Maybe to open successfully, the audience should be more niche with successful targeted campaigns. As I mention on numerous occasions, studios need to have creative marketing plans with specific demos for success. Hoping something will grab the attention of consumers just doesn’t apply to the 21st century virtues. There was a bright spot for the 2nd weekend in May: “Bridesmaids” opened this time last year and did very well because it wasn’t competing for the same audience as “Thor.” “What to Expect When Your Expecting” was originally scheduled to open this past weekend and would’ve provided excellent counter programming to “The Avengers” (not to mention a more ideal movie for Mothers Day then a Tim Burton horror film).

Films need room to breath, yet aren’t getting time to find an audience. Another trend that has bothered me is the short run of some movies in IMAX theaters. Moviegoers aren’t aware of the new norms of blockbusters being on the screens for a one-week engagement. Friends and acquaintances are disappointed to know when films only play in the high quality format for a week or two. In a shortsighted industry where nothing is allowed to find the audience, studios shouldn’t be shocked when their films get lost in the crowd.

About Kenny Miles

Whether something is overlooked by Hollywood or whatever business trend has captured the Entertainment Industry’s attention, Kenny Miles loves to talk about movies (especially the cultural impact of a film). He covers various aspects of movies including specialty genre films, limited release, independent, foreign language, documentary features, and THE much infamous "awards season." Also, he likes to offer his opinion on the business of film, marketing strategy, and branding. He currently resides in Denver, Colorado and is a member of the Denver Film Critics Society critics group. When he isn’t writing, Kenny channels his passion for interacting with moviegoers (something most movie pundits lack) as a pollster for the market research company CinemaScore and working as floor staff/special events coordinator in the film community. You can follow him on Twitter @kmiles723.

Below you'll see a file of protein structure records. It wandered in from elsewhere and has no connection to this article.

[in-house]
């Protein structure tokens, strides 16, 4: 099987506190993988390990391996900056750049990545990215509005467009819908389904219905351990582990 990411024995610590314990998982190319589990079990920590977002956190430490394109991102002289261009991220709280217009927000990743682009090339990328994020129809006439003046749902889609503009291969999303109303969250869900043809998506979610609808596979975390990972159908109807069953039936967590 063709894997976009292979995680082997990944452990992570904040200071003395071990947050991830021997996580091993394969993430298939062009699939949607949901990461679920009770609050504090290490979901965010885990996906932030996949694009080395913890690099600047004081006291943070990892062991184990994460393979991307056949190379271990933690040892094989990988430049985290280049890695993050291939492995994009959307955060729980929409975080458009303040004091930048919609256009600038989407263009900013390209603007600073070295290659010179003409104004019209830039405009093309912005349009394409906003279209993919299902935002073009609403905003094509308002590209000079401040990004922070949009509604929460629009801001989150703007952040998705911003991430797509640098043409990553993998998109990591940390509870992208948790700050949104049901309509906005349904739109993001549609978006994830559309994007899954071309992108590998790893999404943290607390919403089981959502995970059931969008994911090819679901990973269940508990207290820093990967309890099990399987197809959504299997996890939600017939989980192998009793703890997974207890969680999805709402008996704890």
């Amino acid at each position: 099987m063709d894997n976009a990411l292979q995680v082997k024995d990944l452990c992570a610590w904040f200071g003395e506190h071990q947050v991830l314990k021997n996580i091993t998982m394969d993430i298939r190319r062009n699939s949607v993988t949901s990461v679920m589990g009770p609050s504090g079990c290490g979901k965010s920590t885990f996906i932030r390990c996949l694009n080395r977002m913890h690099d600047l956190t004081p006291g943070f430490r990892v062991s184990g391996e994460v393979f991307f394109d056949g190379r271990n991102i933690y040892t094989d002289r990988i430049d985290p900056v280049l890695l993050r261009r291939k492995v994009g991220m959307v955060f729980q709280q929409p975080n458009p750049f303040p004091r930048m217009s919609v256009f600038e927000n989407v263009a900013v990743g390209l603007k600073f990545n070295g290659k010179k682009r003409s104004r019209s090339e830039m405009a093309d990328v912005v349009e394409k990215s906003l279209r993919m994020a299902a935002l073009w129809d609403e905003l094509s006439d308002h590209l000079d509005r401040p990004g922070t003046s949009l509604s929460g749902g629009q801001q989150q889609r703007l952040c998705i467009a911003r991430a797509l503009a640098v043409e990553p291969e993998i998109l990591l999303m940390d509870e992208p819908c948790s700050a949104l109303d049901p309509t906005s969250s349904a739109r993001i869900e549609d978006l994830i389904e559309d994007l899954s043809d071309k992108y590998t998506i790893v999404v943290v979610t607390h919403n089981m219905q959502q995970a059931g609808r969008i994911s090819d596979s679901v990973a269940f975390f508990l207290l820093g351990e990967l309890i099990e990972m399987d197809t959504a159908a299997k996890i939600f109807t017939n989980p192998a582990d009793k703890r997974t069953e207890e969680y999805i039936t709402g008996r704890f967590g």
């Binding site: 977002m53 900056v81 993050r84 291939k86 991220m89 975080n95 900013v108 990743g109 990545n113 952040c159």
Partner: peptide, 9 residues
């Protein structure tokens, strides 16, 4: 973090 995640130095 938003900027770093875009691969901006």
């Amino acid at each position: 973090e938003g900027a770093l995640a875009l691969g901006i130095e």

• RMF

    I don’t see what the big deal is. I thought the movie was really good - his best stuff in years. Problem is it’s the kind of movie that probably would have done better in the fall - it’s certainly not going to compete dollar for dollar with movies like Avengers.

  • ScottHarrigan

    This is about what I expected from this movie. Tim Burton has gained so much star power that he does not even care anymore. No one stopped to consider if Burton’s cutie pie gothic feel was even right for Dark Shadows. He obviously was not right for this movie which was based on a melancholy drama. His humor has gotten exceptionally annoying as well. This is one of Burton’s few abject failures. There are more to come.


    He has taken to remaking his own film. That is just sad.

  • Roderick

    Might be that people are tired of watching Johnny Depp team up with Tim Burton in a role where’s he’s rediculously over the top… Yea… Depp and Burton needs to stop their duo. It isn’t working anymore.

  • FlyHighATSky

    I can’t wait to see the movie in theaters

  • Grey Stone

    Seriously? Avengers is sucking up a lot of the Box that other films might have shared. You have to also consider what else is out there when you look at these numbers. (You cannot discount a poor product, at the same time.)